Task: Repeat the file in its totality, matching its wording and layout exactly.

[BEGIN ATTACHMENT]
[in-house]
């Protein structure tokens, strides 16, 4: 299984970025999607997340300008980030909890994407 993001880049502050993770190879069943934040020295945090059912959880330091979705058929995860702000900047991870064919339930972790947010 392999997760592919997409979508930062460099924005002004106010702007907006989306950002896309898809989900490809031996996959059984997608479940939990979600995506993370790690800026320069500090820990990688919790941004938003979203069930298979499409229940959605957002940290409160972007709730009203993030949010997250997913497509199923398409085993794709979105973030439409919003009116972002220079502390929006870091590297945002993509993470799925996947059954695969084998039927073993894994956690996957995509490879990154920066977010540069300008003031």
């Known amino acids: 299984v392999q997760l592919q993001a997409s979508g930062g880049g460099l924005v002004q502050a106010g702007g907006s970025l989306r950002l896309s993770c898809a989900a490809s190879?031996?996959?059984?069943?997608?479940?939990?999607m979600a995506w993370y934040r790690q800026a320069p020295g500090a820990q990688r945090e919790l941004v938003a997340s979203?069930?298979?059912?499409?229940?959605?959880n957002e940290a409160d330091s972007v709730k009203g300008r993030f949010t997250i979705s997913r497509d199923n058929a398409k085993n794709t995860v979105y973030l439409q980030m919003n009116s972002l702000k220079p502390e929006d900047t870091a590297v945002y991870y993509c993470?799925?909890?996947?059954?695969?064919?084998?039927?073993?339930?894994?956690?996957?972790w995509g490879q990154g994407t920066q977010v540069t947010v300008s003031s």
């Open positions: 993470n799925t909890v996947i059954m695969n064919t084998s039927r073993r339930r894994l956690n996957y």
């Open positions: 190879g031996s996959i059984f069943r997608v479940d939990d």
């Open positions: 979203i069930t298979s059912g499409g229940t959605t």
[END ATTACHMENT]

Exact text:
[in-house]
């Protein structure tokens, strides 16, 4: 299984970025999607997340300008980030909890994407 993001880049502050993770190879069943934040020295945090059912959880330091979705058929995860702000900047991870064919339930972790947010 392999997760592919997409979508930062460099924005002004106010702007907006989306950002896309898809989900490809031996996959059984997608479940939990979600995506993370790690800026320069500090820990990688919790941004938003979203069930298979499409229940959605957002940290409160972007709730009203993030949010997250997913497509199923398409085993794709979105973030439409919003009116972002220079502390929006870091590297945002993509993470799925996947059954695969084998039927073993894994956690996957995509490879990154920066977010540069300008003031």
């Known amino acids: 299984v392999q997760l592919q993001a997409s979508g930062g880049g460099l924005v002004q502050a106010g702007g907006s970025l989306r950002l896309s993770c898809a989900a490809s190879?031996?996959?059984?069943?997608?479940?939990?999607m979600a995506w993370y934040r790690q800026a320069p020295g500090a820990q990688r945090e919790l941004v938003a997340s979203?069930?298979?059912?499409?229940?959605?959880n957002e940290a409160d330091s972007v709730k009203g300008r993030f949010t997250i979705s997913r497509d199923n058929a398409k085993n794709t995860v979105y973030l439409q980030m919003n009116s972002l702000k220079p502390e929006d900047t870091a590297v945002y991870y993509c993470?799925?909890?996947?059954?695969?064919?084998?039927?073993?339930?894994?956690?996957?972790w995509g490879q990154g994407t920066q977010v540069t947010v300008s003031s």
């Open positions: 993470n799925t909890v996947i059954m695969n064919t084998s039927r073993r339930r894994l956690n996957y």
């Open positions: 190879g031996s996959i059984f069943r997608v479940d939990d």
């Open positions: 979203i069930t298979s059912g499409g229940t959605t």